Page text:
All of this can be done between sets of our lifting and general training. Very often, most of us will be doing the correctives and regressions that the newbie is doing because, simply, it is really a good idea.

 

Intentional Community training also has another boon: I have a lot of experience in the weightroom, but sometimes I am grouchy and tired. What I need to the youth and energy from my group to get my engine started. I like to offer them in return some positive feedback, some corrections and a general sense of “this all is okay.”

 

Originally, my first group started when I moved to California. Dan Martin, an East Bay firefighter, asked if we could get together some time and train. While the movers were unpacking boxes, I drove down to Coyote Point and we started a group. Between piles of goose poop, we stretched, strained and trained. We only met once a week, but all of us looked forward to that session.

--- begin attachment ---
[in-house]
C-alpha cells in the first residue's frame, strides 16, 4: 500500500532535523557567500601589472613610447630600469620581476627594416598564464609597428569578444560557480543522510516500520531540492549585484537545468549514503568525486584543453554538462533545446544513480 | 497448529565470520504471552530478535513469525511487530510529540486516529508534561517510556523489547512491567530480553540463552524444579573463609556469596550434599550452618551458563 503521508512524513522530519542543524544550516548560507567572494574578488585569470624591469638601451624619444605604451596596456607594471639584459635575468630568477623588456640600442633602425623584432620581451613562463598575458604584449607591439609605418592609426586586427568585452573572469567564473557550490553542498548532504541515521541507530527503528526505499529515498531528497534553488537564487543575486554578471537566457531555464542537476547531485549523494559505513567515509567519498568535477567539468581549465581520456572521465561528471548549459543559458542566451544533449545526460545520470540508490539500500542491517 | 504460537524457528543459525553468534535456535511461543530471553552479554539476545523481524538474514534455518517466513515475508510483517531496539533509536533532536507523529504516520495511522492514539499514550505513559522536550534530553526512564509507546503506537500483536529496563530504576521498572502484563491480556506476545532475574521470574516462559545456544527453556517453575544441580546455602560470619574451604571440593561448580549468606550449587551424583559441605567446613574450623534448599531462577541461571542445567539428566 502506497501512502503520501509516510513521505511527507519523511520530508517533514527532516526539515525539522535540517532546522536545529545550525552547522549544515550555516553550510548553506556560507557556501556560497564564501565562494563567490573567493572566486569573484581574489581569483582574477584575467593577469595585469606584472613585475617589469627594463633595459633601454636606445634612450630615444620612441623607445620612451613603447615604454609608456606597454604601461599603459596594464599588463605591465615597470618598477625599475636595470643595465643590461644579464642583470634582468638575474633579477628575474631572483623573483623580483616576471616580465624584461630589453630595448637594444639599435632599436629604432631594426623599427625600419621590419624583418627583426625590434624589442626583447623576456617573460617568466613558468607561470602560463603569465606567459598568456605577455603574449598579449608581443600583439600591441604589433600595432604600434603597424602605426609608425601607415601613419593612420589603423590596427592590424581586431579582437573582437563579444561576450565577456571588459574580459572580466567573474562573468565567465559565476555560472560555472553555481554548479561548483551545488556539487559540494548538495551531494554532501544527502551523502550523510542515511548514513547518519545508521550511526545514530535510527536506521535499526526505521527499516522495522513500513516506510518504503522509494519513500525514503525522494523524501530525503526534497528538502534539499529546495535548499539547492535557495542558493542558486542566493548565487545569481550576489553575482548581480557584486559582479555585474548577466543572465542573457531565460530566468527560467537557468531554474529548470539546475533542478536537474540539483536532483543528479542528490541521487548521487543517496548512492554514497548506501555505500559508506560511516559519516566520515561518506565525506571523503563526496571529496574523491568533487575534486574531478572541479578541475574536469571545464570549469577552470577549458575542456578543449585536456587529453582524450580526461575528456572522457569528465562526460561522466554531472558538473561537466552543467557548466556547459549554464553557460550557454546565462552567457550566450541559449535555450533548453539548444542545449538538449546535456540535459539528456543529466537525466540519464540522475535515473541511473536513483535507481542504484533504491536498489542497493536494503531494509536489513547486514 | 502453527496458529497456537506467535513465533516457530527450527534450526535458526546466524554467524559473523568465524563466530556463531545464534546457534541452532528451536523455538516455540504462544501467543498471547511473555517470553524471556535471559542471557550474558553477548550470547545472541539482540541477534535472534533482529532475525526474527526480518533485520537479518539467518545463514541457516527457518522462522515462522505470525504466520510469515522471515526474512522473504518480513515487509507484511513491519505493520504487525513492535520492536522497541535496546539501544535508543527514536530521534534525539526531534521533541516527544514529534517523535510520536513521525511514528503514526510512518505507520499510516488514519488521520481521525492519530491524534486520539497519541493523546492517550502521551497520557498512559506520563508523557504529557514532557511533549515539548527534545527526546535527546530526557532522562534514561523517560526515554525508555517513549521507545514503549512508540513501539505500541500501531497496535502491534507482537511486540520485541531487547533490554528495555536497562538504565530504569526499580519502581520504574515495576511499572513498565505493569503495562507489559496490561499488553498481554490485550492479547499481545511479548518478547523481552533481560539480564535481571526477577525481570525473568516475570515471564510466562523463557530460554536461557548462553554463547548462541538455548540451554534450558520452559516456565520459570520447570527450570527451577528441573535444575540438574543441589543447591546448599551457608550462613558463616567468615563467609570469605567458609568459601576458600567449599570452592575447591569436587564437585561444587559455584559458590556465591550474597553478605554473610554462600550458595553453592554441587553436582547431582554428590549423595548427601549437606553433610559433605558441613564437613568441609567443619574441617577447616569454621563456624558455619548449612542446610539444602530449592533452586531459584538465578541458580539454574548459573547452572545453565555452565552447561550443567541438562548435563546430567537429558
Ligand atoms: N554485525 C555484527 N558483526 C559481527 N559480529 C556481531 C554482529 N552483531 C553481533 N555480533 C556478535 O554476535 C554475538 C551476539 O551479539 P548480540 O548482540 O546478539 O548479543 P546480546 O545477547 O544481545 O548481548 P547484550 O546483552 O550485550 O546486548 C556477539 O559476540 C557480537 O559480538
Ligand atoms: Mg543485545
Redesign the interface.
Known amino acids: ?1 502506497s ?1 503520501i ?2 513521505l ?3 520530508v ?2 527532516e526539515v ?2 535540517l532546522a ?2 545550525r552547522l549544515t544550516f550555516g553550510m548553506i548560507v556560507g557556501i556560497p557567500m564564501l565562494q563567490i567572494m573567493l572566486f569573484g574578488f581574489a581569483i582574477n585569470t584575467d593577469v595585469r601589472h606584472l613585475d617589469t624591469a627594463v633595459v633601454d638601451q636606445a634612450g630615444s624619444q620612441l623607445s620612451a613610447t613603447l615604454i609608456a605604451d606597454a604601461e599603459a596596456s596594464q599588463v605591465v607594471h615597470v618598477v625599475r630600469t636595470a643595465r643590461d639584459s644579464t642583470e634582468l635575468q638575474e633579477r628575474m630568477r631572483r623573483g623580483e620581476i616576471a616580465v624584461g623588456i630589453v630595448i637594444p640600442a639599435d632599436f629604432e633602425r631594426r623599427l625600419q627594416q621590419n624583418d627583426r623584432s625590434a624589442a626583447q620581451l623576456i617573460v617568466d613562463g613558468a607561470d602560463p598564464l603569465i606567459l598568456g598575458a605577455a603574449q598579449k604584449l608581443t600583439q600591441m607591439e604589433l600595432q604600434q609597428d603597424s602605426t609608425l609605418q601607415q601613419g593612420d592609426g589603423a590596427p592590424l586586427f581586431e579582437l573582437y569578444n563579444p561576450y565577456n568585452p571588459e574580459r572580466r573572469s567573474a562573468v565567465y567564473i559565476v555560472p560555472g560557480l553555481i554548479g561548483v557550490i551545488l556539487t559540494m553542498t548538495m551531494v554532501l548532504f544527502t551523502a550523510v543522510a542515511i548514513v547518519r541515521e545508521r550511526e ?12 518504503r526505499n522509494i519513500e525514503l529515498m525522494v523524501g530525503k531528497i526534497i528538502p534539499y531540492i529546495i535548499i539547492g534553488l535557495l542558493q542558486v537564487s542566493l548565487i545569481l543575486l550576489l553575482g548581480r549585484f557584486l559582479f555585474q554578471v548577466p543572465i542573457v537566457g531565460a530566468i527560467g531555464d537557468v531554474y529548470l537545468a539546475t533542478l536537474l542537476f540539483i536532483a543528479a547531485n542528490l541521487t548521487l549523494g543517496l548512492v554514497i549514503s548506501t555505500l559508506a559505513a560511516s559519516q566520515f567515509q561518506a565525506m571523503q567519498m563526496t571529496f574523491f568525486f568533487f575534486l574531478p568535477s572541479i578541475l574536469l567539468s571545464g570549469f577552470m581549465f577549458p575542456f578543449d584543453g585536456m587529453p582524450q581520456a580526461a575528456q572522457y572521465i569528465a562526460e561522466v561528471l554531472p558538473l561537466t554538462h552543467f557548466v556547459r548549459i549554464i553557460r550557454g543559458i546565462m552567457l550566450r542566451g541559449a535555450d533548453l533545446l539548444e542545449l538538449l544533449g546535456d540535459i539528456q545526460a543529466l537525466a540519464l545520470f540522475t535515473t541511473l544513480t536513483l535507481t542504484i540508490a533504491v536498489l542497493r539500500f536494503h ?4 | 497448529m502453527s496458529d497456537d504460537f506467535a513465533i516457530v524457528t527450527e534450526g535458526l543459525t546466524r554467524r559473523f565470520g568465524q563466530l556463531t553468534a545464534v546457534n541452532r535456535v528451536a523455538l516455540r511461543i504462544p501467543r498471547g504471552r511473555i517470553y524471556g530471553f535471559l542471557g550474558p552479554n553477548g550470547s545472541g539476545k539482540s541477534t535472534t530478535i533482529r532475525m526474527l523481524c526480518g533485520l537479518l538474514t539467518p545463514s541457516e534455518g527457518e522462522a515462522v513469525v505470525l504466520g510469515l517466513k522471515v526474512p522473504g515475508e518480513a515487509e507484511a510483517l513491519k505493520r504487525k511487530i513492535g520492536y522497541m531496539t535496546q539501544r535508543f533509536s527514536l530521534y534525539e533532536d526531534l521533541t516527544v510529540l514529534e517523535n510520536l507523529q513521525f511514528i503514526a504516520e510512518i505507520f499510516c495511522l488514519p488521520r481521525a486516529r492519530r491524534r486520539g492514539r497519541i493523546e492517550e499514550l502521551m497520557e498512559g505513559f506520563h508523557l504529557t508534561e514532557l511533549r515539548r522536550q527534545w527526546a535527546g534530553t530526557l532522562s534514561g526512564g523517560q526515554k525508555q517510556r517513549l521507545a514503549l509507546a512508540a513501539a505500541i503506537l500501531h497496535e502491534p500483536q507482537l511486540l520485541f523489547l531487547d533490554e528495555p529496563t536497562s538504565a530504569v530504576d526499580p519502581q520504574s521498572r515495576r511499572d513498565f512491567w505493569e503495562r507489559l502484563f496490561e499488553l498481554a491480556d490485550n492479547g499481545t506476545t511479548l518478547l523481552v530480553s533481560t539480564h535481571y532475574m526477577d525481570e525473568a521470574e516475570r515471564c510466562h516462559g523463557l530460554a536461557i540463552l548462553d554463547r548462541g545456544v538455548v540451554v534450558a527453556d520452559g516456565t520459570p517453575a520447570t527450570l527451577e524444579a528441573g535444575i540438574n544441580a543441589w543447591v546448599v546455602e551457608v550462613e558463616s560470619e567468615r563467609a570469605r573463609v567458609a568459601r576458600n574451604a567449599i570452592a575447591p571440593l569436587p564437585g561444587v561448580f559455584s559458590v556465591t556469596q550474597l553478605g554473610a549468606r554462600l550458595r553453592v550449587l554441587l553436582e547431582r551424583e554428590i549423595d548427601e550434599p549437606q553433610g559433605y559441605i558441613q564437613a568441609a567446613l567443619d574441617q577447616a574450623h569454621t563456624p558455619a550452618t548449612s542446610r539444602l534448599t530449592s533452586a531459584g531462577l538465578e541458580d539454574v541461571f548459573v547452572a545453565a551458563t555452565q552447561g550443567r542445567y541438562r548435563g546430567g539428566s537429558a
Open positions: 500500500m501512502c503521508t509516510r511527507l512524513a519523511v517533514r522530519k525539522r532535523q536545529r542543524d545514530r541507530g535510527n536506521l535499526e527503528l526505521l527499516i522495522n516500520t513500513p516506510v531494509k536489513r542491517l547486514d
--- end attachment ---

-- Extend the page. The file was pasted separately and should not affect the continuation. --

When I returned to Utah, a group of young guys from the university asked if they could train with me twice a week. Soon, it was three. Now, it is five.

 

When I visit my doctor, he asked me if I trained. I said: “at least an hour plus a day.” He remarked: “I have to admire your discipline.” I was honest with him: I only get out of bed because there will be people showing up at my door waiting to train.

 

Intentional Communities also offer an additional advantage to those of us living (and often suffering) through the Information age: you get a chance to hear summaries of blogs, books, articles and movies throughout the training session. A typical day:

 

“Did you read that article on training adductors on website x? What a waste.” Mental note: don’t read it.

 

“This new book on habits and training is well worth a read.” Borrow it.

 

“I can’t believe how good this movie X is…I was stunned.” Might be worth a view.

 

Since we are all internet savvy and interested in the best and brightest tools for fitness, health, longevity and performance, we can share ideas across the whole swath of media, then get back to the squat rack.